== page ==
Bright Pixel led the financing, which comes in addition to a $2 million seed round from Y Combinator, Global Founders Capital, Alumni Ventures Group, ESAS Ventures and Alarko Ventures.
With the financing, Mayan is planning to launch a self-service platform for Amazon advertising, as well as an analytics and forecasting suite. It will also begin work in areas of Amazon selling such as inventory and working capital.
Khaite, a New York fashion brand, raised new funding from private equity firm Stripes. According to Vogue Business, the brand is planning to use the funding to fuel expansion in retail, with an aim of opening 10 stores in the next five years.
Terms of the investment were not disclosed.
Leesa Sleep, a direct-to-consumer bed-in-a-box brand, was acquired by 3Z Brands, a distributor of sleep products.
With the acquisition, Leesa will remain a standalone brand, joining Helix Sleep, Brooklyn Bedding, Birch, Bear Mattress and Nolah.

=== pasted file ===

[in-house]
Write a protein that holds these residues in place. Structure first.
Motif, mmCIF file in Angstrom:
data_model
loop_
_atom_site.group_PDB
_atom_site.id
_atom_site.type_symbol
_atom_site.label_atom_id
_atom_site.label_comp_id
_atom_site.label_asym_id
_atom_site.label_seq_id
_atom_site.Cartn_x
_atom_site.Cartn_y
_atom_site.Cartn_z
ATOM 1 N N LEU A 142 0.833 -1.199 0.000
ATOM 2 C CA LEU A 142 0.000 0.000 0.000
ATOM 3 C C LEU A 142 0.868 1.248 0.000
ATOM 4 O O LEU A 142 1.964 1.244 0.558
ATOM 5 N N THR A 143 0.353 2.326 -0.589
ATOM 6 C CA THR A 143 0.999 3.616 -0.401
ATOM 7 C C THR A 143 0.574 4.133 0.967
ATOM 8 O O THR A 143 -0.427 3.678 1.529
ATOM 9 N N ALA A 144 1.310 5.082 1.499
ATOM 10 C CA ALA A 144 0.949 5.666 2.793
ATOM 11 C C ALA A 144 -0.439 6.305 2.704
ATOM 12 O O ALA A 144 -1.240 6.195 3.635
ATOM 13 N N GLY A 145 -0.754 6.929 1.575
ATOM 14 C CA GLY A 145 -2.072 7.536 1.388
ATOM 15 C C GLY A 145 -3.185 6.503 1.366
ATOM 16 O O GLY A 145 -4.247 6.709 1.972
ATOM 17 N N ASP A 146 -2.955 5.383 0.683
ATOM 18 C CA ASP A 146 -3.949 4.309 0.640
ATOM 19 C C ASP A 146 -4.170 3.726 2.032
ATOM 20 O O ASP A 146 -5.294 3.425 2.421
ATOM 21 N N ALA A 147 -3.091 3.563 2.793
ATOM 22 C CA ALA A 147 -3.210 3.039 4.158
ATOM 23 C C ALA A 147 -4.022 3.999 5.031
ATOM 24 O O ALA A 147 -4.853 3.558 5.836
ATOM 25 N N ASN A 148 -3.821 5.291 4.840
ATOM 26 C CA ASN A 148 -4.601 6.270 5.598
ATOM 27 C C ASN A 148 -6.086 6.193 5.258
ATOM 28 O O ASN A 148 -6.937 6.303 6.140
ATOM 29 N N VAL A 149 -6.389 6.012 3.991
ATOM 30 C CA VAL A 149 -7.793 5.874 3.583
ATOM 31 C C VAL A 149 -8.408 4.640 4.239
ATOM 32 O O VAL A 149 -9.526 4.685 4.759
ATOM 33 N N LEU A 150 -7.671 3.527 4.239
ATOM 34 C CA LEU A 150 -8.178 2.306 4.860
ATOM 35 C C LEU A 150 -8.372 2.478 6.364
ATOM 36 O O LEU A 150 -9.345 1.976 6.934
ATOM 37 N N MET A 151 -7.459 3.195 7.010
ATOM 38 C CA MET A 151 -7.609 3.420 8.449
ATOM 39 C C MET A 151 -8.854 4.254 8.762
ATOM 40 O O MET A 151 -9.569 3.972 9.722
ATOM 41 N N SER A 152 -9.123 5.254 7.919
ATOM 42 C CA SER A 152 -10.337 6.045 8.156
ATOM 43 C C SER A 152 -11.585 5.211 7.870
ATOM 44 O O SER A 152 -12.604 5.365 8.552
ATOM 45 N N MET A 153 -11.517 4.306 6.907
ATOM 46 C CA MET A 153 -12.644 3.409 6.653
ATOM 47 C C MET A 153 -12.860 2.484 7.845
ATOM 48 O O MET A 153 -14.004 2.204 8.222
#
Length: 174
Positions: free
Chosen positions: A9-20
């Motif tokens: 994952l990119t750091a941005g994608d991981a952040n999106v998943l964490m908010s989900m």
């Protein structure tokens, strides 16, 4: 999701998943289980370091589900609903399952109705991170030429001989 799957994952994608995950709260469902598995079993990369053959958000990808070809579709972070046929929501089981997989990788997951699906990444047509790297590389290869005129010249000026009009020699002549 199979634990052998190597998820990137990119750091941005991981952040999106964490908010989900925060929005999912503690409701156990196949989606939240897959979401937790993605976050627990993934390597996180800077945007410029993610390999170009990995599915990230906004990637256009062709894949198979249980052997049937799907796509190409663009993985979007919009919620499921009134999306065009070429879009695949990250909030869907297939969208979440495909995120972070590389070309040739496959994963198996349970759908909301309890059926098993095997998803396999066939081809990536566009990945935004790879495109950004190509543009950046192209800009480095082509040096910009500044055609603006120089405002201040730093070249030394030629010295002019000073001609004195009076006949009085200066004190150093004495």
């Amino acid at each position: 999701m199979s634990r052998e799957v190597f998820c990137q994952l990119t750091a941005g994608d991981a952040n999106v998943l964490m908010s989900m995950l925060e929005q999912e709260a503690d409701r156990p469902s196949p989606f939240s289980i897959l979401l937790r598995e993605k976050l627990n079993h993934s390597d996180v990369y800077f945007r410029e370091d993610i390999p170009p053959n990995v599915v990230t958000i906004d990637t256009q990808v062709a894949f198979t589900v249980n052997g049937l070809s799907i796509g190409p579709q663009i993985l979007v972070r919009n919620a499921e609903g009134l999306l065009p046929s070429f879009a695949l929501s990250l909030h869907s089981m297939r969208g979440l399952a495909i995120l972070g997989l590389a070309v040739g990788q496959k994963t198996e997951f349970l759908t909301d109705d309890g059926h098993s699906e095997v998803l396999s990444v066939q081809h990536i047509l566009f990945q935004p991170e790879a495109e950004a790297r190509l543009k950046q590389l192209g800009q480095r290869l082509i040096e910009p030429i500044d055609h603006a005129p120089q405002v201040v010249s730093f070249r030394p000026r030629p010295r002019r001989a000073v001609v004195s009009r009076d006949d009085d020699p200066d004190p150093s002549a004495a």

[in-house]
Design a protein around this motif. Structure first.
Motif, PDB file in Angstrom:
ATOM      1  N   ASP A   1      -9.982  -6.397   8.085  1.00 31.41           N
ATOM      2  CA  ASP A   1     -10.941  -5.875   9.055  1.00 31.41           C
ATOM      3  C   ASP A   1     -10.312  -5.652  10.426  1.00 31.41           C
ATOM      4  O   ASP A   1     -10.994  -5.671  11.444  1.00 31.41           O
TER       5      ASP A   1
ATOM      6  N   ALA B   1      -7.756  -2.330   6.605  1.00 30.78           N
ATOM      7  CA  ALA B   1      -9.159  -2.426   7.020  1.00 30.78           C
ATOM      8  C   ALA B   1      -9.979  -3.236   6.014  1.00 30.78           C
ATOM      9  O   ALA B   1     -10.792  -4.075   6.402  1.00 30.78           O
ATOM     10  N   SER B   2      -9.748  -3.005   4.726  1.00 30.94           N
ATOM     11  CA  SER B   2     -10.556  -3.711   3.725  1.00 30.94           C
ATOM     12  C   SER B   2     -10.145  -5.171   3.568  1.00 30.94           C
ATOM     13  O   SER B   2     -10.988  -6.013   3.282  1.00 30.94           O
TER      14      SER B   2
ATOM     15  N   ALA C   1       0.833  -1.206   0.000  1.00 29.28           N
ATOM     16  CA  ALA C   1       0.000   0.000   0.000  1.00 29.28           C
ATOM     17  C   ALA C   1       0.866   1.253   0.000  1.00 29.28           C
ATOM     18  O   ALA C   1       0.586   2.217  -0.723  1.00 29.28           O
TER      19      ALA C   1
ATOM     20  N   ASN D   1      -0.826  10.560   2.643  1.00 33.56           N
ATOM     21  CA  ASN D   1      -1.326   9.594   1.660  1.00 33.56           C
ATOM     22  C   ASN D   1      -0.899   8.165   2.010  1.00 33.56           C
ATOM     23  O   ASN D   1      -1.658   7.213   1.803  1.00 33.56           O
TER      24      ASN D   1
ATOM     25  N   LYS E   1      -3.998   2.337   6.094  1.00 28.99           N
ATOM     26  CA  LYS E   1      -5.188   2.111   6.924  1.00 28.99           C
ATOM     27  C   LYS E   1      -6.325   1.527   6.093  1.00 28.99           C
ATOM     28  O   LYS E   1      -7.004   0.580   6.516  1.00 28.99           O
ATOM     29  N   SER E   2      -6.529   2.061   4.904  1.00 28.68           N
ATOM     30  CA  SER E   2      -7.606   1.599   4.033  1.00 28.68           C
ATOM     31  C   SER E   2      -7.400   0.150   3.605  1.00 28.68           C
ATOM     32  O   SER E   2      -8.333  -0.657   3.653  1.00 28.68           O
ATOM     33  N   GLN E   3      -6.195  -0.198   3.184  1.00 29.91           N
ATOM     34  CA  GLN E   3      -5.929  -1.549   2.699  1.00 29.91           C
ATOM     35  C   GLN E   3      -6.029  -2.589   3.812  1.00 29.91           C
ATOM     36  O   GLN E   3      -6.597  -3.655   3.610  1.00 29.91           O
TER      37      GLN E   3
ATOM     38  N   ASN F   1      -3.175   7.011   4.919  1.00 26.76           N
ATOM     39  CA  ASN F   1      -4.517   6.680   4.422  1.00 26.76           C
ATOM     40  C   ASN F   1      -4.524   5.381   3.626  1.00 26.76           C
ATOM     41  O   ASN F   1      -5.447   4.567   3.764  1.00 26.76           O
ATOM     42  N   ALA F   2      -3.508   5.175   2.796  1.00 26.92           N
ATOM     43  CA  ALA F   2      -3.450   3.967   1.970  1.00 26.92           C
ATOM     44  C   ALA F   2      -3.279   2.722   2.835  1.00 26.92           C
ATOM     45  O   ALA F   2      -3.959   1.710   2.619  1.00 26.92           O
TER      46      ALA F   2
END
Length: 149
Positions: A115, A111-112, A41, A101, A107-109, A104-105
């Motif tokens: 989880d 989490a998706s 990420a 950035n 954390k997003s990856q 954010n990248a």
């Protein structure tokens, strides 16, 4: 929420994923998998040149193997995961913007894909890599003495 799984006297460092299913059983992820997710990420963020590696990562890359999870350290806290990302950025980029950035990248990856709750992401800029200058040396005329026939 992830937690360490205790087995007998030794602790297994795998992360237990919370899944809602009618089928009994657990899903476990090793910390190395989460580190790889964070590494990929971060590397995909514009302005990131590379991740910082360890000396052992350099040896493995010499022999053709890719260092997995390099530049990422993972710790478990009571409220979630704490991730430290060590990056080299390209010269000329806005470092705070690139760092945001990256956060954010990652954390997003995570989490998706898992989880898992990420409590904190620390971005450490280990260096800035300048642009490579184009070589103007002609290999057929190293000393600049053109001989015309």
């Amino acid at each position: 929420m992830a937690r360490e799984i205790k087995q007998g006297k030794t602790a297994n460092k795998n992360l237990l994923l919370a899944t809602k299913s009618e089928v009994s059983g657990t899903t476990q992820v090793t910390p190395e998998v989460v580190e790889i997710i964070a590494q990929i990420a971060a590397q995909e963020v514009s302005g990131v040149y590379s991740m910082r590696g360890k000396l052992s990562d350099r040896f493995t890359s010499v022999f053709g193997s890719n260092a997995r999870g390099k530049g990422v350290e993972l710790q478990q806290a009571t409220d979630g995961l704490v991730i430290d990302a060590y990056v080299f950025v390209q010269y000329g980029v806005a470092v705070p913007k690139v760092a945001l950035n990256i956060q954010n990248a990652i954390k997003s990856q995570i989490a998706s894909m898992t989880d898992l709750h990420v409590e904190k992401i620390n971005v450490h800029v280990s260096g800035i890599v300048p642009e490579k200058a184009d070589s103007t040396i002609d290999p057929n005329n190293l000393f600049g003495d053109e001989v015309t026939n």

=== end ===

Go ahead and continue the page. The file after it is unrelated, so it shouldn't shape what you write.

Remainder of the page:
"Leesa is an exceptional company built on the pillars of delivering better sleep for customers and creating a positive impact in communities,” said 3Z CEO John Merwin, in a statement. “With its advanced design expertise and high-quality products, we're looking forward to supporting Leesa's continued growth with our best-in-class manufacturing expertise and digital capabilities. This addition marks our third acquisition within the last year, demonstrating 3Z's commitment to building a leading DTC platform that meets each customer's tailored sleeping needs.”